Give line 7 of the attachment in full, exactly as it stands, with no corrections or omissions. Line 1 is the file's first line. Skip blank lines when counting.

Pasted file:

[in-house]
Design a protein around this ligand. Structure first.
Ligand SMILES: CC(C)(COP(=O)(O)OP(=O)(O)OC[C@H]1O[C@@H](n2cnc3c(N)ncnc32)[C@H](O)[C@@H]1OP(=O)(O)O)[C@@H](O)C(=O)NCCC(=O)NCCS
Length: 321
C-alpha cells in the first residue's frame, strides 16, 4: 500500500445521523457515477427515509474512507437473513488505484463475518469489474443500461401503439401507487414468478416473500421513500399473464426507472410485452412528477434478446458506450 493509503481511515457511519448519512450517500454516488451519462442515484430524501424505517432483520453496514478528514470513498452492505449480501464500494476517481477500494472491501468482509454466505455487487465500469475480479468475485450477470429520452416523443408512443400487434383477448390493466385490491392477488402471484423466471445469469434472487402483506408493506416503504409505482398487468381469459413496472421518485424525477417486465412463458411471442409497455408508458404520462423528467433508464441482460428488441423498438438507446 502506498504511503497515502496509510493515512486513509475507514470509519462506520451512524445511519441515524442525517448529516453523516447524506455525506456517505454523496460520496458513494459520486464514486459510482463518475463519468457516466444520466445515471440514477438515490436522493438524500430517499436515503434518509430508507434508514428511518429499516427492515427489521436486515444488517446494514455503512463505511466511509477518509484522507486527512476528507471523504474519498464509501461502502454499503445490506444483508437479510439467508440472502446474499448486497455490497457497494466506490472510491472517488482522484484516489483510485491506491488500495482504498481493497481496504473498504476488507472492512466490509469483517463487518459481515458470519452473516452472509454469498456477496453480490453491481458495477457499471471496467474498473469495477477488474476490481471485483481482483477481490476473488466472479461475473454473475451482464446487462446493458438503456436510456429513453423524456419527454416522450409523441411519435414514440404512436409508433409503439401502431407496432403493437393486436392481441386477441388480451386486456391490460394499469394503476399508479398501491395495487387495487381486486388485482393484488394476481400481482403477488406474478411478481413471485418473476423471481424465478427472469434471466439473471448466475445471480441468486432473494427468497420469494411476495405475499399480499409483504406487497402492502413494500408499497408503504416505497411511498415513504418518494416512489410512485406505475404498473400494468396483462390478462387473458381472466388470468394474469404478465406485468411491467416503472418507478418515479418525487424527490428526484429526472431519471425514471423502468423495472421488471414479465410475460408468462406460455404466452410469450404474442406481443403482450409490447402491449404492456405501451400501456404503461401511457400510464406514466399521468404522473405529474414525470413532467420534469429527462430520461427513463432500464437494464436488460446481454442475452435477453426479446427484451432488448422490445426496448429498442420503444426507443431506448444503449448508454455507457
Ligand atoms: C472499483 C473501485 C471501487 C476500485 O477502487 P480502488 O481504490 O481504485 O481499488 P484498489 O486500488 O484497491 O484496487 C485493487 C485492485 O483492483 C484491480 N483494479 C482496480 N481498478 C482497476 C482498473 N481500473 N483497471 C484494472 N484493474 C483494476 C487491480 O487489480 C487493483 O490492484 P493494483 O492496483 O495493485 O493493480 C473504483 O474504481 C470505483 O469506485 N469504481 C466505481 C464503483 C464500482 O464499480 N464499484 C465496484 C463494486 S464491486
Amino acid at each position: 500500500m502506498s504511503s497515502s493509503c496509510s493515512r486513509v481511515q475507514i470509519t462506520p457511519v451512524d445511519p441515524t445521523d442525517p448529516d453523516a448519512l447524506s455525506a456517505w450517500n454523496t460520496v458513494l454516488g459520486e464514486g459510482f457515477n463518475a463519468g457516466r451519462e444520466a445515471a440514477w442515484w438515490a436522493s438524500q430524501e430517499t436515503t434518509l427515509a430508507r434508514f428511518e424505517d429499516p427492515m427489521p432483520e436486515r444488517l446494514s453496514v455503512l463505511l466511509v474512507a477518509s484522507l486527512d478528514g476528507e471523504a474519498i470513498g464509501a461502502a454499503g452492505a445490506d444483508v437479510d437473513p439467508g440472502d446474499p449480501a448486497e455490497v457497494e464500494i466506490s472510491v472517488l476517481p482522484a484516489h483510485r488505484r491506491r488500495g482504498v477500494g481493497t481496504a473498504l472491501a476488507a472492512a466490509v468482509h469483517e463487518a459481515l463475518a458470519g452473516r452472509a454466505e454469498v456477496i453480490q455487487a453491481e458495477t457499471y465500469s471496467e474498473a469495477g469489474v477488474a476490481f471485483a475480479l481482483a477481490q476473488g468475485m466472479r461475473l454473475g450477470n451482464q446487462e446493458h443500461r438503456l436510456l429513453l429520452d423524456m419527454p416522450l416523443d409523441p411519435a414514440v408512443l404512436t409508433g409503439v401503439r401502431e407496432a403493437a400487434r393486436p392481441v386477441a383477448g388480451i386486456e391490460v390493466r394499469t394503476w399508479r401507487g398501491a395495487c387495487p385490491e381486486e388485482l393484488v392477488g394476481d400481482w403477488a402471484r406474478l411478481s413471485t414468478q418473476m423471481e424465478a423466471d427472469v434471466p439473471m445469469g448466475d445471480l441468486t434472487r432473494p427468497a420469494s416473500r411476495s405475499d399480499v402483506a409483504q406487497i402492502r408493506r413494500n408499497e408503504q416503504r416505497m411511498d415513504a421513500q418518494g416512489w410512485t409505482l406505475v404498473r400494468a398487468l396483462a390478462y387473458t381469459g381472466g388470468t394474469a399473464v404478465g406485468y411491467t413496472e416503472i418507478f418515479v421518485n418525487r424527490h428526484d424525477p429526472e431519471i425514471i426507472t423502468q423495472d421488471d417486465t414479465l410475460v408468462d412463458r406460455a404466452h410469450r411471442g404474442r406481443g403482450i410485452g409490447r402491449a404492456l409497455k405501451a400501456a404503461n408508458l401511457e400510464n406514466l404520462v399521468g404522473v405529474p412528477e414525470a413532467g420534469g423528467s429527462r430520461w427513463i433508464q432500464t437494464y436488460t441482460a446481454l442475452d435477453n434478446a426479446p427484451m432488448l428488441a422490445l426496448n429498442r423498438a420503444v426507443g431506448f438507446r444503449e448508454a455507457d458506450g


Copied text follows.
Amino acid at each position: 500500500m502506498s504511503s497515502s493509503c496509510s493515512r486513509v481511515q475507514i470509519t462506520p457511519v451512524d445511519p441515524t445521523d442525517p448529516d453523516a448519512l447524506s455525506a456517505w450517500n454523496t460520496v458513494l454516488g459520486e464514486g459510482f457515477n463518475a463519468g457516466r451519462e444520466a445515471a440514477w442515484w438515490a436522493s438524500q430524501e430517499t436515503t434518509l427515509a430508507r434508514f428511518e424505517d429499516p427492515m427489521p432483520e436486515r444488517l446494514s453496514v455503512l463505511l466511509v474512507a477518509s484522507l486527512d478528514g476528507e471523504a474519498i470513498g464509501a461502502a454499503g452492505a445490506d444483508v437479510d437473513p439467508g440472502d446474499p449480501a448486497e455490497v457497494e464500494i466506490s472510491v472517488l476517481p482522484a484516489h483510485r488505484r491506491r488500495g482504498v477500494g481493497t481496504a473498504l472491501a476488507a472492512a466490509v468482509h469483517e463487518a459481515l463475518a458470519g452473516r452472509a454466505e454469498v456477496i453480490q455487487a453491481e458495477t457499471y465500469s471496467e474498473a469495477g469489474v477488474a476490481f471485483a475480479l481482483a477481490q476473488g468475485m466472479r461475473l454473475g450477470n451482464q446487462e446493458h443500461r438503456l436510456l429513453l429520452d423524456m419527454p416522450l416523443d409523441p411519435a414514440v408512443l404512436t409508433g409503439v401503439r401502431e407496432a403493437a400487434r393486436p392481441v386477441a383477448g388480451i386486456e391490460v390493466r394499469t394503476w399508479r401507487g398501491a395495487c387495487p385490491e381486486e388485482l393484488v392477488g394476481d400481482w403477488a402471484r406474478l411478481s413471485t414468478q418473476m423471481e424465478a423466471d427472469v434471466p439473471m445469469g448466475d445471480l441468486t434472487r432473494p427468497a420469494s416473500r411476495s405475499d399480499v402483506a409483504q406487497i402492502r408493506r413494500n408499497e408503504q416503504r416505497m411511498d415513504a421513500q418518494g416512489w410512485t409505482l406505475v404498473r400494468a398487468l396483462a390478462y387473458t381469459g381472466g388470468t394474469a399473464v404478465g406485468y411491467t413496472e416503472i418507478f418515479v421518485n418525487r424527490h428526484d424525477p429526472e431519471i425514471i426507472t423502468q423495472d421488471d417486465t414479465l410475460v408468462d412463458r406460455a404466452h410469450r411471442g404474442r406481443g403482450i410485452g409490447r402491449a404492456l409497455k405501451a400501456a404503461n408508458l401511457e400510464n406514466l404520462v399521468g404522473v405529474p412528477e414525470a413532467g420534469g423528467s429527462r430520461w427513463i433508464q432500464t437494464y436488460t441482460a446481454l442475452d435477453n434478446a426479446p427484451m432488448l428488441a422490445l426496448n429498442r423498438a420503444v426507443g431506448f438507446r444503449e448508454a455507457d458506450g